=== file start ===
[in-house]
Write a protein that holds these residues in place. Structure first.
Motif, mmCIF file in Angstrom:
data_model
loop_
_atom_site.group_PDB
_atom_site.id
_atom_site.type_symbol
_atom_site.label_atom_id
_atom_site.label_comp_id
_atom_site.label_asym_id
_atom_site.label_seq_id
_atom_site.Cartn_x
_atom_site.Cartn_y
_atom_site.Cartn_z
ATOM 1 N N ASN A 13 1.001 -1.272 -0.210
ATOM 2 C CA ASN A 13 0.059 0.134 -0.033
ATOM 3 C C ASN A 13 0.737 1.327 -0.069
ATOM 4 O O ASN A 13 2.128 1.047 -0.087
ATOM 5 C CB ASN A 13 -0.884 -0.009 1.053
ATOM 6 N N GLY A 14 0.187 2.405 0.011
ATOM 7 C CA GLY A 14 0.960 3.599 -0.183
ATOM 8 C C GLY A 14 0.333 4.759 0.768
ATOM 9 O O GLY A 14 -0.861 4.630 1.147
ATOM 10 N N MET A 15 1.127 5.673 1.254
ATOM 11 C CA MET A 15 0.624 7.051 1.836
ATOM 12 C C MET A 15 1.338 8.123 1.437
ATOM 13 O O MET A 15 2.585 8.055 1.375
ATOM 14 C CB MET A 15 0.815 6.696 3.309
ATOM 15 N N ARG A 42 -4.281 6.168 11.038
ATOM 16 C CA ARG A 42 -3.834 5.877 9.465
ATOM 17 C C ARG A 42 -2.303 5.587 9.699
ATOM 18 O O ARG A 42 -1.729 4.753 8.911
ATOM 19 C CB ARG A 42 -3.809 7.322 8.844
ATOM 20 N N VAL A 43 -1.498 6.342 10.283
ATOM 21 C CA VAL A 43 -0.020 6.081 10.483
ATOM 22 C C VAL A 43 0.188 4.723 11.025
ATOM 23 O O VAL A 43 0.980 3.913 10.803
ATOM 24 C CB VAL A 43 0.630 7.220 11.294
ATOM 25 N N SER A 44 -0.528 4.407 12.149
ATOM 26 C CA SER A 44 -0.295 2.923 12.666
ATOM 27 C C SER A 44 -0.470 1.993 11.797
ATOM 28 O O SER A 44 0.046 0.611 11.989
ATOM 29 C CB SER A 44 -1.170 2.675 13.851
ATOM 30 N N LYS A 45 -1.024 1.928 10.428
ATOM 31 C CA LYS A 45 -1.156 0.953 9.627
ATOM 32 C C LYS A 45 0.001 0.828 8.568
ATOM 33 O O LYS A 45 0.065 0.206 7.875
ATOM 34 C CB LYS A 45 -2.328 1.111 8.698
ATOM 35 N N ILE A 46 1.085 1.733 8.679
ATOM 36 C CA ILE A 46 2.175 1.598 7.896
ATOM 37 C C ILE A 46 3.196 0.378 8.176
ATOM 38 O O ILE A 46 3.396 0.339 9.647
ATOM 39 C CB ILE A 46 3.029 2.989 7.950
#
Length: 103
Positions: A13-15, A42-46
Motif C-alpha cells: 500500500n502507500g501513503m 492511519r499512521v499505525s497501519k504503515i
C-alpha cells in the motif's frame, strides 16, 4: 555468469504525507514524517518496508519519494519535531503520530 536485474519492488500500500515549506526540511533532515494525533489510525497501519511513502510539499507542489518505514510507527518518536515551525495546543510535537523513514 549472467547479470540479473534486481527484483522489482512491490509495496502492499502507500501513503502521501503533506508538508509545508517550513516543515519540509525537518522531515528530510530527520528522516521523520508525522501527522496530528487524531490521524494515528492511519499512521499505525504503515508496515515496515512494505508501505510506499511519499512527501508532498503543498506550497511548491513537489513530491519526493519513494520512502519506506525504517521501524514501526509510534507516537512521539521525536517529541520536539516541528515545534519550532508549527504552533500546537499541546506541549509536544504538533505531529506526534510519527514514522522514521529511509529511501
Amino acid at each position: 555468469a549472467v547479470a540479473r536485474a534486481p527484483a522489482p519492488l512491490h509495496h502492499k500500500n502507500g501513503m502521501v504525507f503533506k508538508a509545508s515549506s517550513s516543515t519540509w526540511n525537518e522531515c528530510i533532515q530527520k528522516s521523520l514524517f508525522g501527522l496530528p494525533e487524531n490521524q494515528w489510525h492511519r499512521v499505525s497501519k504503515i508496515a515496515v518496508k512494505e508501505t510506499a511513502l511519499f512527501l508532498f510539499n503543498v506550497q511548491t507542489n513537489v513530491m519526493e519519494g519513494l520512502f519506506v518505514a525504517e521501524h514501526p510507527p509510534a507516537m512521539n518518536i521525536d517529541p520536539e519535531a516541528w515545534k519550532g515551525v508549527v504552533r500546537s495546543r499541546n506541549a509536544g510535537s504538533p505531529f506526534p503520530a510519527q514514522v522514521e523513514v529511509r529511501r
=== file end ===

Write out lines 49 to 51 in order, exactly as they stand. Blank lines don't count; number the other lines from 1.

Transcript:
ATOM 34 C CB LYS A 45 -2.328 1.111 8.698
ATOM 35 N N ILE A 46 1.085 1.733 8.679
ATOM 36 C CA ILE A 46 2.175 1.598 7.896